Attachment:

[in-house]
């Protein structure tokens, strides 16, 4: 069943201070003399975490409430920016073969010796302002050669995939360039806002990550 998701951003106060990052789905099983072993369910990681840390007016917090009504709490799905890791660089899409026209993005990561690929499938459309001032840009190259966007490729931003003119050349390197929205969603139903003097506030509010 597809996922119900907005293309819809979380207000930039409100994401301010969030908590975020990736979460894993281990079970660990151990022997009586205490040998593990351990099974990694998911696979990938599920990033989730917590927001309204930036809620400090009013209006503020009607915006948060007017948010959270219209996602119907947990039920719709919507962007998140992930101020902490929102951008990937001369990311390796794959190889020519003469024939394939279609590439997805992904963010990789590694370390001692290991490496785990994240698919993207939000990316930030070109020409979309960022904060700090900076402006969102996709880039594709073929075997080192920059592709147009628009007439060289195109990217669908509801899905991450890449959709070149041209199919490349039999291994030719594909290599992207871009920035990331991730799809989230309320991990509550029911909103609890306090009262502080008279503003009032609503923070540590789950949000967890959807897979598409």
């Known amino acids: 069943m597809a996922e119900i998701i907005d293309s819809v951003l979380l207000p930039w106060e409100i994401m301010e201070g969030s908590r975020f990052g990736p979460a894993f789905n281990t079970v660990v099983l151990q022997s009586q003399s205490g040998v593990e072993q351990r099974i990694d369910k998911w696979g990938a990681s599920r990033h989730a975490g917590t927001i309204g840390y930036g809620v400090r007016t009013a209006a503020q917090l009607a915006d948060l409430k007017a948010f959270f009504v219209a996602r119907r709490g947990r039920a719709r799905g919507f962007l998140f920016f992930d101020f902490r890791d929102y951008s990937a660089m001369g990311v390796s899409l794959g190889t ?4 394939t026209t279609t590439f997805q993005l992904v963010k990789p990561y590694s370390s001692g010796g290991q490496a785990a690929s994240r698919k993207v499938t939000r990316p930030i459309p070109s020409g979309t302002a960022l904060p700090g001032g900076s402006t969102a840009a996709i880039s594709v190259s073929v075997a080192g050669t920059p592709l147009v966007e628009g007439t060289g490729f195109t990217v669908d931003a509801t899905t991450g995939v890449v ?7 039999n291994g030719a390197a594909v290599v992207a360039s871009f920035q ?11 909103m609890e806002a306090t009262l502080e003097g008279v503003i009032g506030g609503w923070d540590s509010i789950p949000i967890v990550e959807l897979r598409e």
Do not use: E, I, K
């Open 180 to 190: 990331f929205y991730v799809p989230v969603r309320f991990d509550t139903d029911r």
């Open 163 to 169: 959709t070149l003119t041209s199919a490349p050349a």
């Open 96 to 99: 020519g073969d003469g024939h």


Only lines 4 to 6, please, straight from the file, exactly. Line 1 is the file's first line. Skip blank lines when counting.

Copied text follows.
Do not use: E, I, K
């Open 180 to 190: 990331f929205y991730v799809p989230v969603r309320f991990d509550t139903d029911r």
């Open 163 to 169: 959709t070149l003119t041209s199919a490349p050349a």